Here in the United States, we have congressional elections every two years but the dominant parties that alternate in power have rigged and gerrymandered the process in such a way that only candidates acceptable to the corporate/military/political status quo can rise to the surface. We Americans also are blessed with the world's oldest written constitution, which George W. Bush and Barack Obama have shredded, permitting the government to ignore with impunity most of the articles in the Bill of Rights. Bush even referred to the constitution as "just a goddamned piece of paper."
Americans can now be investigated by the government at any time and for any reason and are no longer entitled to personal privacy. There are secret courts and those accused of thought crimes including material support of terrorism can be arrested based on information they are not allowed to challenge, held without charge, and eventually tried or sometimes not tried subject to government fiat. So much for elections, constitutions and the rule of law.
So why is everyone complaining about the coup in Egypt and agonizing over whether it was a pure military coup d'etat or a genuine revolution phase two? Apart from the issue of whether Cairo will continue to receive U.S. military assistance, the result is the same. It is not exactly as if a staunch upholder of democratic rights was removed from office, nor did it constitute the violent end of a long tradition of free elections.
While I am strongly opposed to attempts to discriminate against or marginalize Muslims in any way because of their religion, what is referred to as political Islam is not exactly an unmixed blessing for those who, for whatever reason, do not fit comfortably within the prevailing traditional religious framework. Political Islam in its majority Sunni manifestation is bad news for those who adhere to the minority Islamic offshoots, to include Shi'as, Sufis and Alawites, as well as for Christians, Hindus, Buddhists, followers of Bahai, and those who would describe themselves as either atheists or secular. It is also strongly opposed by many thoughtful Sunni Muslims themselves who are repelled by its intrinsic intolerance.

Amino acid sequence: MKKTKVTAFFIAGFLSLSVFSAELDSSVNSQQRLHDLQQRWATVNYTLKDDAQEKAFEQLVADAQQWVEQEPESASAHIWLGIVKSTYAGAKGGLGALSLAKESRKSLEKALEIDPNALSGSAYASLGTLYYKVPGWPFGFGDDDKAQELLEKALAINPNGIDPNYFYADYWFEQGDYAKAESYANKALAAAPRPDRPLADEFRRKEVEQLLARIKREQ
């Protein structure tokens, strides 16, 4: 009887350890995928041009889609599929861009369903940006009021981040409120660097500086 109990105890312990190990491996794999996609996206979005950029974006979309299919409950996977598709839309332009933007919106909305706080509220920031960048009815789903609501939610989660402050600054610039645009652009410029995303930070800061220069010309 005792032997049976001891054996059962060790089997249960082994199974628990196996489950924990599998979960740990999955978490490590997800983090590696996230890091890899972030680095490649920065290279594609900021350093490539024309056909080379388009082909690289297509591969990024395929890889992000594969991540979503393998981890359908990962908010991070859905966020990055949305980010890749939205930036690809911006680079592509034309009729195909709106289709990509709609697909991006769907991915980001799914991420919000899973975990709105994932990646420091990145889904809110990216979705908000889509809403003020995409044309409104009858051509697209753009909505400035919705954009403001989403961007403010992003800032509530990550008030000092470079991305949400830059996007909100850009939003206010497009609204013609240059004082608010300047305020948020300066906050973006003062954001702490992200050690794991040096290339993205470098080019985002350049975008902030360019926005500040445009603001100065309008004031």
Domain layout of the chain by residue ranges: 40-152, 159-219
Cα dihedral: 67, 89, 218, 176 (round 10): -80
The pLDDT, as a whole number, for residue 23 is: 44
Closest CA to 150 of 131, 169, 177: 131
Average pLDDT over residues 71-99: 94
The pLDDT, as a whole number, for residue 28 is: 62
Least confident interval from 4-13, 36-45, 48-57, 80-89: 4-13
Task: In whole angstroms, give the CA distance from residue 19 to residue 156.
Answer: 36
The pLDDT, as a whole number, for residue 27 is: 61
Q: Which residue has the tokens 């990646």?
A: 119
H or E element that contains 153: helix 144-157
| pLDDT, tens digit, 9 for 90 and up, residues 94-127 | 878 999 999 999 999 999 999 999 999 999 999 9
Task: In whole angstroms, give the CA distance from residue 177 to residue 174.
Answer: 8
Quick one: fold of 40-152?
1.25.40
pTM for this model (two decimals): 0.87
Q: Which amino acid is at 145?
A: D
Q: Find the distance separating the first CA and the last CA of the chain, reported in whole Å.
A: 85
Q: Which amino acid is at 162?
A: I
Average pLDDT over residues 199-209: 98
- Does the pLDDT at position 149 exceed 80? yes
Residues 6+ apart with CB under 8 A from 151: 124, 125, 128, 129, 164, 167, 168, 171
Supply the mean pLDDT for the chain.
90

Unlike most post-enlightenment Europeans and Americans, which would include the framers of the U.S. Constitution, many political Islamists do not necessarily accept either pluralism or the concept that there should be any separation between religion and government, which many in the west would refer to as secular democracy. On the contrary, they see their religion as the necessary template for good governance and social justice while they consider favoring true believers in their statecraft as the natural order of things. As one Morsi supporter put it "We don't believe in democracy to begin with; it's not part of our ideology. But we accepted it." Accepted presumably as a means of obtaining power, which is the point at which a functioning constitution must fill the gap. The founders of the United States understood this very clearly. They considered democracy to be little more than mob rule unless it is tempered by a constitution that guarantees and protects the rights of the minority against majority tyranny.
So far, what we are seeing with the Arab Spring is indeed dictatorship by the majority, which contemporary political scientists have dubbed "majoritarianism" to mark a distinction from true democracy. In most countries, the former winners and losers have been reversed but are essentially adhering to the same old rules permitting anything goes when one takes power. One might note the example of "democratic" Iraq which held elections placing the Shi'a majority on top. One of the first things the new government did was ethnically cleanse the Sunnis while tolerating atrocities committed against the Christians. Even Turkey, which has a long though inconsistent democratic tradition, is similarly veering towards autocracy under the influence of its prime minister's exclusive interpretation of the citizen's responsibility to uphold what he considers to be God's law.
Religious parties like the Muslim Brotherhood frequently have an advantage in post-revolutionary elections because they are already established as an opposition to the government and have an infrastructure in the mosques. Secular parties must start from scratch. But opposing a dictator does not equate to knowing how to govern. As Fareed Zakaria explains it, Egypt's Mohamed Morsi accomplished the following:
"Morsi and the Muslim Brotherhood have been deceptive, avaricious and venal. The party promised that it would neither run for the presidency nor seek a parliamentary majority. It reneged on both pledges. It rushed through a constitution that was deficient in many key guarantees of individual rights. It has allowed discrimination and even violence against the Coptic Christian minority in Egypt. It has tried to shut down its opposition, banning members of Mubarak's old party from all political offices in Egypt for life."